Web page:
By Jan McCoy Ebbets
It was a sunny morning, the second
month of the fall term at Smith College. Behind the door of room
203, on the second floor of a brick building that only last year
was a dormitory at the Clarke School for the Deaf, art professor
Lee Burns was looking for something that he knew was in his office,
somewhere. At least he had the needle-nosed pliers, woodcarving
But Burns, who chairs the art department with associate chair and art history professor John Davis, was not about to be discouraged. He says with a typical grin, "It's business as usual for the art department since the move -- with only a few glitches."
Smith's Fine Arts Center, the complex that housed the college's Museum of Art, art department and art library, is a mere shell of its former self. As this issue of NewsSmith went to press, the hulking brick and glass complex had been stripped to its skeletal frame.
Ultimately it will be re-created as
a series of spectacular new structures. In the interim, most
students, faculty and staff are maintaining a good-natured disposition
about the recent havoc and resettlement into a temporary command
post that is a hearty walk from the center of campus. For the
next two years, the museum staff, art department and art library
will conduct business in buildings leased from Clarke School
But despite the upheaval caused by this temporary relocation, the Smith art community is optimistic. What lends buoyancy to that optimism is the prospect of a $35 million renovation and expansion of the arts complex, being designed by the acclaimed New York architectural firm of James Stewart Polshek & Partners.
It is Smith's most ambitious capital project to date, but not the only one currently under way. It is, in fact, one of several significant campus renovations, expansions or brand new building projects, which together will constitute $100 million worth of construction by 2003. These include a 352-car parking garage that opened this month on West Street; the college's first-ever campus center, to be built next to John M. Greene Hall, Lyman Conservatory renovations (see related article); and a multipurpose classroom and climbing wall to be added to the athletic complex. Also, sizable upgrades were completed to such residential houses as Comstock, Wilder, Tenney, Hopkins and Wesley (which last summer was hoisted onto a truck and moved 100 yards north to make way for the upcoming construction of the campus center). In addition, students are already attending classes in a temporary building that was erected last summer for Smith's new engineering program.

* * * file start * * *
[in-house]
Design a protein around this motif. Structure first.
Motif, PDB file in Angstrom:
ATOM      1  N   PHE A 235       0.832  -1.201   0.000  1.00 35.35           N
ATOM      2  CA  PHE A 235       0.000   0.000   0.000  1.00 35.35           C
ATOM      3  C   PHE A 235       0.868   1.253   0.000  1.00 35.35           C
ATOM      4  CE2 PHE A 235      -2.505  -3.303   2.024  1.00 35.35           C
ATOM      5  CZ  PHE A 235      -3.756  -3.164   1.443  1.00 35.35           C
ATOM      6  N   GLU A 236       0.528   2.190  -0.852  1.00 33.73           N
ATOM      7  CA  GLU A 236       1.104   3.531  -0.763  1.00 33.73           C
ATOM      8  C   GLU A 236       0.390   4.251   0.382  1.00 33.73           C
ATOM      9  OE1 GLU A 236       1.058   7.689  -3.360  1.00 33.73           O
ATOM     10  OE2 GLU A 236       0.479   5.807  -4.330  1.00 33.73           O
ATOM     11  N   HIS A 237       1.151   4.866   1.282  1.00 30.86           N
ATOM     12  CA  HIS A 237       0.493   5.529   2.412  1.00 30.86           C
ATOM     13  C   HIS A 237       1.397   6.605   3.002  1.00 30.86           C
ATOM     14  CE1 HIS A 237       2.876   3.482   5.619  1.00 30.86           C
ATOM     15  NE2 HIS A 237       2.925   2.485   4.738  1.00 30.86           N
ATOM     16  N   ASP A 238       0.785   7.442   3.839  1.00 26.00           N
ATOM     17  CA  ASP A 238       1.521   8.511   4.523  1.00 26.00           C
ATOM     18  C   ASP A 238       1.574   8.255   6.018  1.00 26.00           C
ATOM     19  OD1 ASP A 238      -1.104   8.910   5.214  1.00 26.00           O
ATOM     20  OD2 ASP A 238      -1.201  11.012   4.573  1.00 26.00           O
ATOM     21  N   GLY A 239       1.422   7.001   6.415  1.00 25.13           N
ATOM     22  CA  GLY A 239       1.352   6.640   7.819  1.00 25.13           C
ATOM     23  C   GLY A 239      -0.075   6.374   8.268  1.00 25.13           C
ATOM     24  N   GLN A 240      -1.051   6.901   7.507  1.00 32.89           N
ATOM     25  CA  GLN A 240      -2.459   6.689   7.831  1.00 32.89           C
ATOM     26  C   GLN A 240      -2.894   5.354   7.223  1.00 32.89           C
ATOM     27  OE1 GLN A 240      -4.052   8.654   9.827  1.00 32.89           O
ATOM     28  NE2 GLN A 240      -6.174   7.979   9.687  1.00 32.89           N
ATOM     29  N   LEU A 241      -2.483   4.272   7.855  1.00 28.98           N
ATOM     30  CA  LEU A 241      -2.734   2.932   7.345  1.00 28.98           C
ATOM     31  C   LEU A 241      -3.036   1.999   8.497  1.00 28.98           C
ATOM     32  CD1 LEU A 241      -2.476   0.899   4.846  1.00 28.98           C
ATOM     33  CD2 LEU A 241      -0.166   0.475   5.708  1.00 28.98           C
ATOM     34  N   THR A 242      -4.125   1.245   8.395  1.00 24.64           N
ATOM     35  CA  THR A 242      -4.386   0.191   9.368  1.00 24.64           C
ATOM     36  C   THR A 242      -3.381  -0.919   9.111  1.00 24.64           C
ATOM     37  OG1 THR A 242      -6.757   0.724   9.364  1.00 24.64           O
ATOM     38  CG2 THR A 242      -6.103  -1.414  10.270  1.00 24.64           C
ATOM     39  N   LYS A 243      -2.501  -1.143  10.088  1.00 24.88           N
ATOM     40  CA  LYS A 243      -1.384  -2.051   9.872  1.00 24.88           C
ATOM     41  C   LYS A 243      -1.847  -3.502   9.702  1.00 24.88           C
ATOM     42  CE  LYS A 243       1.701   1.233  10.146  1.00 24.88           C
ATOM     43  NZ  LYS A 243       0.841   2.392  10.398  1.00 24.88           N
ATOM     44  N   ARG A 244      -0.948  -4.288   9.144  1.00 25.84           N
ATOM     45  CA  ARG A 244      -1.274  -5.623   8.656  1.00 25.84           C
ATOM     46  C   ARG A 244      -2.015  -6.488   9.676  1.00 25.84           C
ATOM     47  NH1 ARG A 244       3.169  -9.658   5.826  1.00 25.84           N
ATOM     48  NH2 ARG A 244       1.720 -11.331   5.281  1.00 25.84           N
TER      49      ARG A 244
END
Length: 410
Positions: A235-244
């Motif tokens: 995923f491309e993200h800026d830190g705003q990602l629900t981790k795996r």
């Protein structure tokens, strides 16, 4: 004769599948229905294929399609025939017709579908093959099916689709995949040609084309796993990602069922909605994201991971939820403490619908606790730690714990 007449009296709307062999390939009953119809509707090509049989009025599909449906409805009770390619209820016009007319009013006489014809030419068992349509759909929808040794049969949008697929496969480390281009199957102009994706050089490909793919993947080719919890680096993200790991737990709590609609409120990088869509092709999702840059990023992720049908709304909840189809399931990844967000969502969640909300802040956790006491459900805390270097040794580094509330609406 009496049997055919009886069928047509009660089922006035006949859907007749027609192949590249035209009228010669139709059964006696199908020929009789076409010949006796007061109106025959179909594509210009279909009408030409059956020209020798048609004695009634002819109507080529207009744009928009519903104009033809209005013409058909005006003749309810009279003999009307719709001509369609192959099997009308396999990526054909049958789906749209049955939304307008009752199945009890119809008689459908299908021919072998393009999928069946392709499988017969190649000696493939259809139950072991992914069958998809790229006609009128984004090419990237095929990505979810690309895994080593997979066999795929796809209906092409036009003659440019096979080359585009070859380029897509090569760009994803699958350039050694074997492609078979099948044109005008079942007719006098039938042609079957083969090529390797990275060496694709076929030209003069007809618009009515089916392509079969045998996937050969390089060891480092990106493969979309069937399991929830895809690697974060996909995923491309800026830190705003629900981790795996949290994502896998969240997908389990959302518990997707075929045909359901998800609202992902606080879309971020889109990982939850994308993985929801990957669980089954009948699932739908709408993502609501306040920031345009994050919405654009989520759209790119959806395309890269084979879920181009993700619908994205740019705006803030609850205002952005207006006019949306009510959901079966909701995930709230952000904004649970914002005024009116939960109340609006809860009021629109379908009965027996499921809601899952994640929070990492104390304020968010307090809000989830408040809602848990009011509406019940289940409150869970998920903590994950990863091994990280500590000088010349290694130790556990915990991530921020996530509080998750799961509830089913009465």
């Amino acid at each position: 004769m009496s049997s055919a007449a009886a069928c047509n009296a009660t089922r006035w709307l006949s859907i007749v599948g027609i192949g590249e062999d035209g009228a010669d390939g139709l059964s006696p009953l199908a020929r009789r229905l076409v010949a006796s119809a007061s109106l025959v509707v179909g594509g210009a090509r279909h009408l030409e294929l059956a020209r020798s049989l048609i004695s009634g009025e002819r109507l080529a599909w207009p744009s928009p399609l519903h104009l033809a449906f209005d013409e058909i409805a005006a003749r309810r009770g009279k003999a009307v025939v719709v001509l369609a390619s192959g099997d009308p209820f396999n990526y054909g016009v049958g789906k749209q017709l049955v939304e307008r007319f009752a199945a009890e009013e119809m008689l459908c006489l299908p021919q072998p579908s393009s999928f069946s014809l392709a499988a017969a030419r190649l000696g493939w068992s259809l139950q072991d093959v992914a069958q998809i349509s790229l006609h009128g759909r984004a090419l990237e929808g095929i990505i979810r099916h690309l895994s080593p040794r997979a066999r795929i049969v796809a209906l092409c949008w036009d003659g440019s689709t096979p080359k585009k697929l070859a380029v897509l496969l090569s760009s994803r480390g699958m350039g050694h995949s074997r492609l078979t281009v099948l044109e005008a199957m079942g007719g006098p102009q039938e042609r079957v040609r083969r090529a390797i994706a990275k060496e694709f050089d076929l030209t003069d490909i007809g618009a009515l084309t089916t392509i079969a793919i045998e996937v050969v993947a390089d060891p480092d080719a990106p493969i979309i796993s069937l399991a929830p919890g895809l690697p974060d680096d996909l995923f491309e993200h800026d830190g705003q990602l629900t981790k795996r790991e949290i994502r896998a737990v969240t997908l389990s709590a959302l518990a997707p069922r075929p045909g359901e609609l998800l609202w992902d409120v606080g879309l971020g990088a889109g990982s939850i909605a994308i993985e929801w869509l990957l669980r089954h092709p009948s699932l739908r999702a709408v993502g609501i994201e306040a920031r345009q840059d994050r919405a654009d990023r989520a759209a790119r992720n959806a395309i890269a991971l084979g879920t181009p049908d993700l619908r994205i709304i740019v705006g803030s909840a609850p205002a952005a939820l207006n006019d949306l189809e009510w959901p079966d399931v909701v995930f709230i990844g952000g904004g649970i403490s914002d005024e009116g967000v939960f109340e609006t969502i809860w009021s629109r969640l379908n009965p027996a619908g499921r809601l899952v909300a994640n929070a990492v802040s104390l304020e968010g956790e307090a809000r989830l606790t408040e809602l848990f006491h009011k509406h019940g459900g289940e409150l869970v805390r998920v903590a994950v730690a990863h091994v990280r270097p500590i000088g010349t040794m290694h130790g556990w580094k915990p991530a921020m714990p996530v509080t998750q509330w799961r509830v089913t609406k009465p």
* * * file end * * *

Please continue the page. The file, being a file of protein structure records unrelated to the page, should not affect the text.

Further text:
Beyond 2003, the building boom will continue with other construction projects, including renovations to the field and boat houses, and plans to build a new fitness center. Planning is also under way for a major upgrade of the college's science facilities, but construction won't begin on that project until the fine arts complex and campus center are completed.
The promise and the havoc of construction projects have been obvious on campus in the past nine months. A chain-link fence surrounded the site of the fine arts center, which looked raw-boned and cavernous. Even as school was still in session last spring, the wrecking balls arrived, and sometimes swung precariously close to College Hall windows. And during the summer, 18-wheel tractor-trailers rumbled down roadways, carrying segments of a 300-ton crane that had just been discharged from duty on Boston's "Big Dig" highway project and immediately sent to Smith's parking garage construction site.
But perhaps most unique, even to the non-horticulturists in the community, was the sight of a large crane lifting a rare dove tree native to central China, Davidia involucrata, out of the former lower courtyard garden of the arts complex. The 35-foot tree, its root mass already carefully dug and balled, was gently lifted onto a waiting front-end loader, and then slowly moved to its new site along the south side of College Hall. The actual moving took eight hours, but according to Smith botanists, the tree survived and this fall was setting seed.
Chalk most of these disturbances up to necessity. In the 30-year-old fine arts buildings, for instance, some art studios were overcrowded, the museum collections were stored in substandard conditions, and the department had outgrown its supply of faculty offices. The complex's exterior envelope was plagued with severe leaks, and an inadequate ventilation design often allowed contaminated studio air to permeate the system, creating a potential health hazard throughout the complex.
The construction of the college's new four-level parking garage was deemed essential for alleviating parking problems on campus and in nearby residential neighborhoods.
What's happening on campus is at the heart of Smith's commitment to deliver a top-rate education to its students and to provide them with the best buildings, equipment and residential houses possible.
As President Ruth Simmons said in a recent speech to visiting alumnae, "The quality of our education offerings depends, in part, on our maintaining a first-rate infrastructure to support teaching and learning. As you undoubtedly witnessed on your trip through campus, we are beginning a series of renovations and new construction projects that will ensure Smith's facilities are among the very best in higher education."